“I’ve named them, you know?” “Who?” “The squirrels that keep coming to the stoop. I’ve named them.” “You have, have you? Let’s hear the names!” “Darryl & Delilah.”
MacKenzie’s older sister shoots her an odd look — one that questions her name-choosing skills, but the younger sibling stands her ground.
“Darryl & Delilah!? Mack, why on earth would you . . .”
“It’s simple. Remember that song Mommy used to sing when I was like 5? The one by Billy Joel, ‘Just the Way You Are’? I hear that song every time I see them running around, gathering acorns, and hoarding them under the flower pot on our stoop. Their names fit them. They seem like a happy couple — one that can’t live without each other.”
Misha stares at her kid sister in total disbelief. She can’t believe what’s coming out of her mouth, but then again, she thinks it’s best not to question 11-year-old girls whose parents recently divorced. She continues to listen without judgment.
“I see Mommy and Daddy in them. Mommy rushing to gather all the acorns. Daddy hustling to the stoop to lift the flower pot so Mommy can place the acorns there. They make a great team!”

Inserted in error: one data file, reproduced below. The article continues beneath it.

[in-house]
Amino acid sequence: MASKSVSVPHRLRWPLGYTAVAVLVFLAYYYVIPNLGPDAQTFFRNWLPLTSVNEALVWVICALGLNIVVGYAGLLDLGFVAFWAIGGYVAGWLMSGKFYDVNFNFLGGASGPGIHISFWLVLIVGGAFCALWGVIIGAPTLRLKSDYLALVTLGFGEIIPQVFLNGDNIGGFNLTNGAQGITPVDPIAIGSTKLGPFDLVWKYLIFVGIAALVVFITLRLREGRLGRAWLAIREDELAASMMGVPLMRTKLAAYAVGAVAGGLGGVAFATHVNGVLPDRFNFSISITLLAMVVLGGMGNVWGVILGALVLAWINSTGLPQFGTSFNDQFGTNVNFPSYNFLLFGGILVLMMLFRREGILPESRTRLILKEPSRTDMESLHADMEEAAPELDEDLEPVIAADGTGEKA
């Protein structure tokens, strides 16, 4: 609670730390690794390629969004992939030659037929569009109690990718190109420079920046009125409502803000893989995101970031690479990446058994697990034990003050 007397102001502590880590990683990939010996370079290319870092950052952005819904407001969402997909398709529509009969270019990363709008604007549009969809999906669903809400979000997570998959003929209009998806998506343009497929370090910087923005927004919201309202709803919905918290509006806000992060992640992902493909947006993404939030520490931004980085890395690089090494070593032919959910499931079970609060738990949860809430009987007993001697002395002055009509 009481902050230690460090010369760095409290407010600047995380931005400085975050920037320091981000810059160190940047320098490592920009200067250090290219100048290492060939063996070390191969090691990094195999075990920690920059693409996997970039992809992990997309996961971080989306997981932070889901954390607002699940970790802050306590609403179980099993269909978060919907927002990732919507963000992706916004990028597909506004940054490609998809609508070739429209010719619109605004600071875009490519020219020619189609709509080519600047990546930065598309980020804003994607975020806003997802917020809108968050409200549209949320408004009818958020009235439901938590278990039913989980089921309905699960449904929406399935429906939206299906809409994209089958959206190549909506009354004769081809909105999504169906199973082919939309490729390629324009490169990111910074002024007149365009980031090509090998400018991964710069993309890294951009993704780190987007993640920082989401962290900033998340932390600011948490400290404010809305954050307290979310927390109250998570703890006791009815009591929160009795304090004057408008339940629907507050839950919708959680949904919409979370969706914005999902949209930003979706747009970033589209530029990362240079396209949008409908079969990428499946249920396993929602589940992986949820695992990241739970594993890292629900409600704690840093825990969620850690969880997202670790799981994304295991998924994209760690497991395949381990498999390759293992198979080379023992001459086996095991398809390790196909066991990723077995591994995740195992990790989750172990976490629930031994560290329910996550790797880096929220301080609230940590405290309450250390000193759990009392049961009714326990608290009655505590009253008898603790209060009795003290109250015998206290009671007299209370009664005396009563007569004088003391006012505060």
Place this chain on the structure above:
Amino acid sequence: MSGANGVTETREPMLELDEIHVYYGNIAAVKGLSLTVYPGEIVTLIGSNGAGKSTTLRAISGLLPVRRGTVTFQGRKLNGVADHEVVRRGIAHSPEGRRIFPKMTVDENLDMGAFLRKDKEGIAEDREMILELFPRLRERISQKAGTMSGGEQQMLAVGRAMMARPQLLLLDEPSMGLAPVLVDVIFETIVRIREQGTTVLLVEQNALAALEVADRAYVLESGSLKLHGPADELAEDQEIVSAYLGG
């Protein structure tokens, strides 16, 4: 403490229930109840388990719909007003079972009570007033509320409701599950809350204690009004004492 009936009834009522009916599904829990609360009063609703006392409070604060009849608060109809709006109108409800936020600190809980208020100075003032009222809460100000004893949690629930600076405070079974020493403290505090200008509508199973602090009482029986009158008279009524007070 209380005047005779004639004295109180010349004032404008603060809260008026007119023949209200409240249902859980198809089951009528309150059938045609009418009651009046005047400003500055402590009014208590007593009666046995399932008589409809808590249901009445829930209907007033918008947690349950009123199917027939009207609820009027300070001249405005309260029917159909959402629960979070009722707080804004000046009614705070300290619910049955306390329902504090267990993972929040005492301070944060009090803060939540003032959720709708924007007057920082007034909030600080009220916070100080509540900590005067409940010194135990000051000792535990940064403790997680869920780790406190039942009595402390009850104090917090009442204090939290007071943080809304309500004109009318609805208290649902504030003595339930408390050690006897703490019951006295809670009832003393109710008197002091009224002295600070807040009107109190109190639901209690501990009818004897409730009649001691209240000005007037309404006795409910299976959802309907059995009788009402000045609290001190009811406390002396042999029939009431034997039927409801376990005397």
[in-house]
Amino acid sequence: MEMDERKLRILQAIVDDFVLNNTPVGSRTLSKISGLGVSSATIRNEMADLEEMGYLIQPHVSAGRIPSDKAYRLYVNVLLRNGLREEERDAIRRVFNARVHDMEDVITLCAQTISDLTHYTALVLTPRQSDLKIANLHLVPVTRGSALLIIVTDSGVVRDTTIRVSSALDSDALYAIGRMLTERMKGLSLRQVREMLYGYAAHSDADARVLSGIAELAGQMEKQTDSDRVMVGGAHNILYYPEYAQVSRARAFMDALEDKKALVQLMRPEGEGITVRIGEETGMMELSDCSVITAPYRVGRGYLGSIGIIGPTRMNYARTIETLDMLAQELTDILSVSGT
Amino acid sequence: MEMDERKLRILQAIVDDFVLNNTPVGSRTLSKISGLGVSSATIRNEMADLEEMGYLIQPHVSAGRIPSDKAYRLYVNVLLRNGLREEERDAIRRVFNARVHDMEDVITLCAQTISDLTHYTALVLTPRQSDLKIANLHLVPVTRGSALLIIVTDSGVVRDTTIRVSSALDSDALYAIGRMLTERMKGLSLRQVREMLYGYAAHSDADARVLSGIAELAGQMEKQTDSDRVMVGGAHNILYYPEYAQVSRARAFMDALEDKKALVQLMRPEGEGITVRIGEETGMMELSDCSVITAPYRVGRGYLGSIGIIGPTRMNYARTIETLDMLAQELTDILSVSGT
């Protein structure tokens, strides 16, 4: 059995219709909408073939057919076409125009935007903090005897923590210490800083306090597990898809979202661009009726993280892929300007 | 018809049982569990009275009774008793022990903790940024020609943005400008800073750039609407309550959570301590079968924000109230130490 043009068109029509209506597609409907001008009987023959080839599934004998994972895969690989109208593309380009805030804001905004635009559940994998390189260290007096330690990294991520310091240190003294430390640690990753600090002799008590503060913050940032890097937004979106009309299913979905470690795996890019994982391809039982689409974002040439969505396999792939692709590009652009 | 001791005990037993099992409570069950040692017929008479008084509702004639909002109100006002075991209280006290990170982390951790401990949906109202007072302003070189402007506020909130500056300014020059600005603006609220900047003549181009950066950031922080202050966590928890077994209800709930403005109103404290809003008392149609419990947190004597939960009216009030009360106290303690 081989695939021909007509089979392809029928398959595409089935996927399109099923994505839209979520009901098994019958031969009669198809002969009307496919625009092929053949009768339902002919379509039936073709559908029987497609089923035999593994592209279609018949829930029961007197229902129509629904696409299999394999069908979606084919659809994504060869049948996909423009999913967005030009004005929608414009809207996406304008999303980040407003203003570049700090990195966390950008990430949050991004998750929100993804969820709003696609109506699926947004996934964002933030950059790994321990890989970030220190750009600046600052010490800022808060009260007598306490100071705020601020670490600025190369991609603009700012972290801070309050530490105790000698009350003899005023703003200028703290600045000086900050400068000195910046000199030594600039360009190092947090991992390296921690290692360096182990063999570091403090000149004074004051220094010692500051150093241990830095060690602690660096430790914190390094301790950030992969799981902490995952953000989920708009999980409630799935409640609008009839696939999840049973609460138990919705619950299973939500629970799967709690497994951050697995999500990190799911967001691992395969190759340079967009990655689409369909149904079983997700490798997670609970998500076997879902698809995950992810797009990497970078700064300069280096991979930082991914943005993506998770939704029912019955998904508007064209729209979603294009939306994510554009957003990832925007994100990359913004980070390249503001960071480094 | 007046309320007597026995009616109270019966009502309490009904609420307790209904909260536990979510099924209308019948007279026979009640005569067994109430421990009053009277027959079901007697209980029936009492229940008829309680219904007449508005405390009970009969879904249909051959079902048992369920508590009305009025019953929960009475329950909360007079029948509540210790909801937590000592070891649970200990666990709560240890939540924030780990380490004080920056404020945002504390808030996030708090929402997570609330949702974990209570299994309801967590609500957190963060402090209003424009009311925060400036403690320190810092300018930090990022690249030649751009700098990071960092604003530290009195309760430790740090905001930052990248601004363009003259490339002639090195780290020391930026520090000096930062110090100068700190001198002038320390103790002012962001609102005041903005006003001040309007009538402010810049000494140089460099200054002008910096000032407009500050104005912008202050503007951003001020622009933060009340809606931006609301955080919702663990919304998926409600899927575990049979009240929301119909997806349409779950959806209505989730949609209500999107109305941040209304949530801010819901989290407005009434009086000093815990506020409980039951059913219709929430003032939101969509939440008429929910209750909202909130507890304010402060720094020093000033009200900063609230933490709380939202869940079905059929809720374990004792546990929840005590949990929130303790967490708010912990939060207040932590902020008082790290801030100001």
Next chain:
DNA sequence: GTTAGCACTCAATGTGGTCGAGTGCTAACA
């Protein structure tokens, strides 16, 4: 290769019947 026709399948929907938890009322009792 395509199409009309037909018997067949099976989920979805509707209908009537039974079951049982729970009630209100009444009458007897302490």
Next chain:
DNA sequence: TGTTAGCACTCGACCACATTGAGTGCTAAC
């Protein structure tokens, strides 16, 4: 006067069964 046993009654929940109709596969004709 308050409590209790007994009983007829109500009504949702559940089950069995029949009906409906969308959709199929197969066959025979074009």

And then the tears fall. Misha watches her kid sister turn into a mush-mouth full of anger and resentment and pent-up sadness on the corner of Circle Way and Todd St. Divorce isn’t simply dividing their family, it is changing them in ways they never thought it would. MacKenzie is anthropomorphizing the squirrels in the neighborhood now. What’s next?!
“Mack . . . it’s okay to cry. You know that, right? It’s okay to just cry. You don’t have to make up stories or see Mom and Dad in the squirrels that use our stoop for storage. You can just . . . cry.”
MacKenzie shifts her thinking head to the left, bats her lashes slowly, and leans into her sister’s personal space. She whispers . . .
“I know. But it hurts less when I make up stories.”